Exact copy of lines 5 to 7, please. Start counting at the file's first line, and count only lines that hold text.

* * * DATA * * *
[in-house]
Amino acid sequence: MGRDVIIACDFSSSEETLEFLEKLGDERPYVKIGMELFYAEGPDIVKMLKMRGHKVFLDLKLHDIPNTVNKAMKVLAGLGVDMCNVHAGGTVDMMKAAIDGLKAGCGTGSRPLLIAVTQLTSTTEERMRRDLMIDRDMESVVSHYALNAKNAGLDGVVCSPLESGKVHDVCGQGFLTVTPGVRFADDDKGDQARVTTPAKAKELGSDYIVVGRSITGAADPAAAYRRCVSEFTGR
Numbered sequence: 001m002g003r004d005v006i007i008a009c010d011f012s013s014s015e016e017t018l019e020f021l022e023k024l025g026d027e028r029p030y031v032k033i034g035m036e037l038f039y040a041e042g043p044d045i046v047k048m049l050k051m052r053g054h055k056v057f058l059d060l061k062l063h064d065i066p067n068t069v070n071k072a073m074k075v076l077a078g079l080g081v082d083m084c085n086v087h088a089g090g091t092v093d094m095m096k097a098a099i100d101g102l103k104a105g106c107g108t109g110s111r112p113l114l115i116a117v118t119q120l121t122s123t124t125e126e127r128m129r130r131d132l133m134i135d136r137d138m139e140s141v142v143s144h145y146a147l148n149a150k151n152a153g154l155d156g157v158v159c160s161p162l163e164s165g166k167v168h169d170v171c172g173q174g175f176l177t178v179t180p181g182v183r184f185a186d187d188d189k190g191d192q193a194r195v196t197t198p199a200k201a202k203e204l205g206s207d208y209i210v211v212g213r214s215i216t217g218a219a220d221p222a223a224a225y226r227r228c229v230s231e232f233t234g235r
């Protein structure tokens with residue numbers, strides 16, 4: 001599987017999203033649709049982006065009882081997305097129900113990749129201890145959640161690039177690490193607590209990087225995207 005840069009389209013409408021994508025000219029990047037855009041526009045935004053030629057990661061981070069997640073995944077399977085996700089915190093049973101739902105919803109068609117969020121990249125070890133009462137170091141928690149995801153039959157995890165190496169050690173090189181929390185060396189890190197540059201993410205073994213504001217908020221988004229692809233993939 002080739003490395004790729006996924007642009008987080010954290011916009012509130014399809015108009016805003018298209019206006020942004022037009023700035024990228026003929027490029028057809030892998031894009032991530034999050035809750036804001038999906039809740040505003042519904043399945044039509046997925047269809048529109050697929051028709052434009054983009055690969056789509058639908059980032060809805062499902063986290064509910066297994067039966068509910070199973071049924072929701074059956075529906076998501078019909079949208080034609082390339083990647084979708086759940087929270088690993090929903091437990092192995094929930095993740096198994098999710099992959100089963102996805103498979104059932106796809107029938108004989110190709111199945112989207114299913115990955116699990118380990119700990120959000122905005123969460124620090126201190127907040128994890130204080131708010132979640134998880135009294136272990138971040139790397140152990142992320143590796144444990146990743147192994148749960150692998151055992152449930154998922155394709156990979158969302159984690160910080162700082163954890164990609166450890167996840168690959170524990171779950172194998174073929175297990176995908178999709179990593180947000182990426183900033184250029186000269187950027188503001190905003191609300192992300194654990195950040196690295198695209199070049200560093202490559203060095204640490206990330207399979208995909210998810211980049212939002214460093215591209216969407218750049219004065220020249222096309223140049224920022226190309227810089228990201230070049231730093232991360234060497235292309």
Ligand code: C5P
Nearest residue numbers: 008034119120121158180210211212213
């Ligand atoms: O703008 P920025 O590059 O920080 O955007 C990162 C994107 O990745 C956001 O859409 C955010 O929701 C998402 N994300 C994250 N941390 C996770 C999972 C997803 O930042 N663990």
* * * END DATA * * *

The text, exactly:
Ligand code: C5P
Nearest residue numbers: 008034119120121158180210211212213
């Ligand atoms: O703008 P920025 O590059 O920080 O955007 C990162 C994107 O990745 C956001 O859409 C955010 O929701 C998402 N994300 C994250 N941390 C996770 C999972 C997803 O930042 N663990």